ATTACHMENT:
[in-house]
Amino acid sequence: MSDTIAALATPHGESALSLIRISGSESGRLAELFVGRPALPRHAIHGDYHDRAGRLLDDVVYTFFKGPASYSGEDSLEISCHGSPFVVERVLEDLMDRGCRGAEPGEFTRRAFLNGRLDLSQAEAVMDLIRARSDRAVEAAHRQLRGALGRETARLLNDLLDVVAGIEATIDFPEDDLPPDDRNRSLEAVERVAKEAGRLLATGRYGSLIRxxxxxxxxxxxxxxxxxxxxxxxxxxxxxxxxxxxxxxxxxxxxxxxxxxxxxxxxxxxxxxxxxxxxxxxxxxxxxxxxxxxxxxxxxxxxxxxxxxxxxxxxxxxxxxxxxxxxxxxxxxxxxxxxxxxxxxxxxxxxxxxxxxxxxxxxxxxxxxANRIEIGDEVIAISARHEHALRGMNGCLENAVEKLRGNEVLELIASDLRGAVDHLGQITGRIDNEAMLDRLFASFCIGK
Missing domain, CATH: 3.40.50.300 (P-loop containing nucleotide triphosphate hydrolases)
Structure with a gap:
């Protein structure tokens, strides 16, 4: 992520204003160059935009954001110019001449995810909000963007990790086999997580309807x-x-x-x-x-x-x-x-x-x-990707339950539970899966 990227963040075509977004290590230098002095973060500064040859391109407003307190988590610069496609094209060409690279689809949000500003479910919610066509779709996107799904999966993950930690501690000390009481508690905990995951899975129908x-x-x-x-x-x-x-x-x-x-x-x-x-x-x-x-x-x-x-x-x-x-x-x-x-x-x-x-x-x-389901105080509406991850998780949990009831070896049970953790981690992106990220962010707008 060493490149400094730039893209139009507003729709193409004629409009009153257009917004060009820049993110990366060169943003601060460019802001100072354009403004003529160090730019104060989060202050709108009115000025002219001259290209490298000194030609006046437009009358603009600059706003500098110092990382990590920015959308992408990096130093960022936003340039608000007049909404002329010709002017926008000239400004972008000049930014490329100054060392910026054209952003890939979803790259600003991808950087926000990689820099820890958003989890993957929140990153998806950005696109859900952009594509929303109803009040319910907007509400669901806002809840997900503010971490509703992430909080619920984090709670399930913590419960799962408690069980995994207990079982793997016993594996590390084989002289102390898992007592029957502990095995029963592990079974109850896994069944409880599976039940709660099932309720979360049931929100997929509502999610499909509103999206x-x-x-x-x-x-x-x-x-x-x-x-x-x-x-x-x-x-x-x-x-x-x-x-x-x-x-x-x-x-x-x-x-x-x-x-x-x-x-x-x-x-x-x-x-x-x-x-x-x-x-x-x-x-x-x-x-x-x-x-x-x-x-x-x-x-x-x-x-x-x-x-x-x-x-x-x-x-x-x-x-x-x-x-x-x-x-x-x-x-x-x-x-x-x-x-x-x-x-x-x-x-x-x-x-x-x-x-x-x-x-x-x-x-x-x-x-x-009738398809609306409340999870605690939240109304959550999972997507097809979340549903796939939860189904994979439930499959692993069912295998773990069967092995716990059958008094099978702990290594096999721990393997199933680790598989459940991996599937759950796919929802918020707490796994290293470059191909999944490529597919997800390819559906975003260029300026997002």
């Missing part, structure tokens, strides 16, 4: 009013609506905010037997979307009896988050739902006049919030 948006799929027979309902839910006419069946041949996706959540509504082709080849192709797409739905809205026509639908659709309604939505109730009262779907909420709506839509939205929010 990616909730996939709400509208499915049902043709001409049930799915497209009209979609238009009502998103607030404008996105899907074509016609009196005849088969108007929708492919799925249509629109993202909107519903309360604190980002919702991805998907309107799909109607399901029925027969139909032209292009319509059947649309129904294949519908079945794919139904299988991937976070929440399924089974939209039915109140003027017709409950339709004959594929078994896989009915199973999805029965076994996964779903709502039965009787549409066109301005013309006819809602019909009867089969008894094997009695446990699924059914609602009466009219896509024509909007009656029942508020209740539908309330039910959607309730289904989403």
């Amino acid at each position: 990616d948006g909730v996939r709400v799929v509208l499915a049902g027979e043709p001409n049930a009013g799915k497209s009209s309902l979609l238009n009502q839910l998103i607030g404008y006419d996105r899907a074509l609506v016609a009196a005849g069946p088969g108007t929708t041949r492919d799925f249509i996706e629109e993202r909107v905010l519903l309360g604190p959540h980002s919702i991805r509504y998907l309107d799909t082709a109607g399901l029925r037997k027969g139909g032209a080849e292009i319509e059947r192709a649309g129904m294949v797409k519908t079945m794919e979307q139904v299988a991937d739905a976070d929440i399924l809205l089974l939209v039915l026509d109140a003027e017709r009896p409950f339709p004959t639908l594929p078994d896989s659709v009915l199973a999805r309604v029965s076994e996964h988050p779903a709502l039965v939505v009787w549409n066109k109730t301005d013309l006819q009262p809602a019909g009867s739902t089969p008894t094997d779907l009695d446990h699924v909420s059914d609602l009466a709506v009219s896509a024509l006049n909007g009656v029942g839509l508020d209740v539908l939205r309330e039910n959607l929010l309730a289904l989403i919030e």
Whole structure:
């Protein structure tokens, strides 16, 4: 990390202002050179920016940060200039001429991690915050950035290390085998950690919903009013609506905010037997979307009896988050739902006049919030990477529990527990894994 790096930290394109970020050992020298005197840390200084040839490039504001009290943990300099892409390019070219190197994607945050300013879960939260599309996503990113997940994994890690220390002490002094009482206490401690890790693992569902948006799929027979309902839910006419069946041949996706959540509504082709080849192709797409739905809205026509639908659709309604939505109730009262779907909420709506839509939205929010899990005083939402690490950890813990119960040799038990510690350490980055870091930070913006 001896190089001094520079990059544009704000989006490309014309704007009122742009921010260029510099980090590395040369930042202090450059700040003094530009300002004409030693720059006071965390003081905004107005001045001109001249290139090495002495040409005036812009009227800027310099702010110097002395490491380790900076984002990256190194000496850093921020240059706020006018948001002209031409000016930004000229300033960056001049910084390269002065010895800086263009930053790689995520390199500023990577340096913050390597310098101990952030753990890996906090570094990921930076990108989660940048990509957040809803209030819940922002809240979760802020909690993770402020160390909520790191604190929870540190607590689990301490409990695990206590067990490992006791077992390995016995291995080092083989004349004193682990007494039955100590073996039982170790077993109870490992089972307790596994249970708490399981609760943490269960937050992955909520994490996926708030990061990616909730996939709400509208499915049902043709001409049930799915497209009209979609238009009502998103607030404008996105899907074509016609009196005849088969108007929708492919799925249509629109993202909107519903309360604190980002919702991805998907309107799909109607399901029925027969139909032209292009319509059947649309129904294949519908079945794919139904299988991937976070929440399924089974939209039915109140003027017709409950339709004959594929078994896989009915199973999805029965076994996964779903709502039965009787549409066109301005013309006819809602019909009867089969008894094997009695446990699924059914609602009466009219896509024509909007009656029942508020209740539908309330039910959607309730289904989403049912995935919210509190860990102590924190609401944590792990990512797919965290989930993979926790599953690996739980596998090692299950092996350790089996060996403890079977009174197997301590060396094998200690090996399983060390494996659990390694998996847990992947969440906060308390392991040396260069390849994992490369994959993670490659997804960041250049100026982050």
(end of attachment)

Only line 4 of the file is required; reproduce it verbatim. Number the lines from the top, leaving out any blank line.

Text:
Structure with a gap: